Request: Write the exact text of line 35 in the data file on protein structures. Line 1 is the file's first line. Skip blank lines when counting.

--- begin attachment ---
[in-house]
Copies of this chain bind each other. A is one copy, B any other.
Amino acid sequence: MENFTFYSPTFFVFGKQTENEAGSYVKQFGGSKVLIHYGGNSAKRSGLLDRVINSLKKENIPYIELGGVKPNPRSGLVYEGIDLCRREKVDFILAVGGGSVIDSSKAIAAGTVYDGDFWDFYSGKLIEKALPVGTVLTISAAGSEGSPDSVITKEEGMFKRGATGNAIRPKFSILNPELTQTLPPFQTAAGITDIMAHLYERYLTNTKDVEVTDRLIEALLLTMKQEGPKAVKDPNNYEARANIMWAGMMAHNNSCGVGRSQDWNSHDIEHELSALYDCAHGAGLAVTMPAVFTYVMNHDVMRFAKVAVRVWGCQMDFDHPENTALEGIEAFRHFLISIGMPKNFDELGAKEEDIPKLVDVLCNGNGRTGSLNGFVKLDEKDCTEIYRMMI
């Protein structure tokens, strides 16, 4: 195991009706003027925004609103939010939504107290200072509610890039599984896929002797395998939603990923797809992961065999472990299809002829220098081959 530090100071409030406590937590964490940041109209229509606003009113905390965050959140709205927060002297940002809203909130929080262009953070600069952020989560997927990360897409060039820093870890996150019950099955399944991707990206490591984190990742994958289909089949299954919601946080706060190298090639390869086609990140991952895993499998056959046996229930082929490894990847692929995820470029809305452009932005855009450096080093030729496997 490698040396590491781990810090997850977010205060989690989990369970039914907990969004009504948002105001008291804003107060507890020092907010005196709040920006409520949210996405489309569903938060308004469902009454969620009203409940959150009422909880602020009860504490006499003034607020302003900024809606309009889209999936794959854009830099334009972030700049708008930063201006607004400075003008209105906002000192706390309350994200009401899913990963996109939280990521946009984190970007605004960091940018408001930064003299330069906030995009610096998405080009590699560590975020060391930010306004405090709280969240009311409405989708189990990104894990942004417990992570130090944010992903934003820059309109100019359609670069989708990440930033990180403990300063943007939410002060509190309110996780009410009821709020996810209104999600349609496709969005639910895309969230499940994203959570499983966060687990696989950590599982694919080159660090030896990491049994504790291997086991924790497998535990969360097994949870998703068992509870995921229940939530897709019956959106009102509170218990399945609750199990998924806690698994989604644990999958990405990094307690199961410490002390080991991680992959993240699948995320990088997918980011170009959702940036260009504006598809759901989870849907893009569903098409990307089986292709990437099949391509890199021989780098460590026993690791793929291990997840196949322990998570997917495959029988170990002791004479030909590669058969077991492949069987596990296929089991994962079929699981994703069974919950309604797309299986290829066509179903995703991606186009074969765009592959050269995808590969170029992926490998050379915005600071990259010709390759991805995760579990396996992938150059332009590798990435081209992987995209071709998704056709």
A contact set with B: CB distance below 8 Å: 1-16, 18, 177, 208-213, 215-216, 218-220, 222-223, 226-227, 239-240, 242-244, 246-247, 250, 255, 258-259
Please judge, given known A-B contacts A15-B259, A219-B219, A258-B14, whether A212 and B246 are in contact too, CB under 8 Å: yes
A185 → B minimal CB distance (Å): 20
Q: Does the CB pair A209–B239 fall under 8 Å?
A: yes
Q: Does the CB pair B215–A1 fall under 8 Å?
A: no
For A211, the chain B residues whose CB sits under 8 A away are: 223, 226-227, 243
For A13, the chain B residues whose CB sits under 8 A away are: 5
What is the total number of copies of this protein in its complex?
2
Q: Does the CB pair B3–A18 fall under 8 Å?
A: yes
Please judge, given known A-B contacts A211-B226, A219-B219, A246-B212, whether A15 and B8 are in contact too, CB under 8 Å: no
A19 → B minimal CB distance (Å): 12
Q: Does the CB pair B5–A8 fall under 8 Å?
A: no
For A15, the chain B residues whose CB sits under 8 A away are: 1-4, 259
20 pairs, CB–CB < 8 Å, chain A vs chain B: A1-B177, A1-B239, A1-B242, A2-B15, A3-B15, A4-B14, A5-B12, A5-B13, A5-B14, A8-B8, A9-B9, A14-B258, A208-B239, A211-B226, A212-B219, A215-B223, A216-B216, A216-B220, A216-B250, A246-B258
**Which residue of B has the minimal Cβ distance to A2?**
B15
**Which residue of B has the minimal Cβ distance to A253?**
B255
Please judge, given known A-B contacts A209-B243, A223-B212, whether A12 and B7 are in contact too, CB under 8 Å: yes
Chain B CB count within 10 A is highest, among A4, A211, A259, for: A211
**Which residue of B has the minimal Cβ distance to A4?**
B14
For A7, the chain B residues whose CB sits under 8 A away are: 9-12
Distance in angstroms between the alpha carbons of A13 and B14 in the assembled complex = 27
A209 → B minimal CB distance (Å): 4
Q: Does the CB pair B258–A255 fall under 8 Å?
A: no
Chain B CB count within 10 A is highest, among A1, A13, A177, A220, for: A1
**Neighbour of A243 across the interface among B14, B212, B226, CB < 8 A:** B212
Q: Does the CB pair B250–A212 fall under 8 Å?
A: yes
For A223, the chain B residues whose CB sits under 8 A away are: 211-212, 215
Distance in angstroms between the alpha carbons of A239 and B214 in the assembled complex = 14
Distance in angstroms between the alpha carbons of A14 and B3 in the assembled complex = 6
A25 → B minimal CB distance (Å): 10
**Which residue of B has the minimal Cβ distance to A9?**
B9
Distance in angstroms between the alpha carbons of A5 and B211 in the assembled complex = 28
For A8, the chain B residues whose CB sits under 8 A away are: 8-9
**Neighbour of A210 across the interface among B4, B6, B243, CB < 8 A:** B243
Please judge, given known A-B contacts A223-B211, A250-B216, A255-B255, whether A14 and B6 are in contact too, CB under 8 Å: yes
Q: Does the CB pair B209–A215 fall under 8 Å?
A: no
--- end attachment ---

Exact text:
Q: Does the CB pair B258–A255 fall under 8 Å?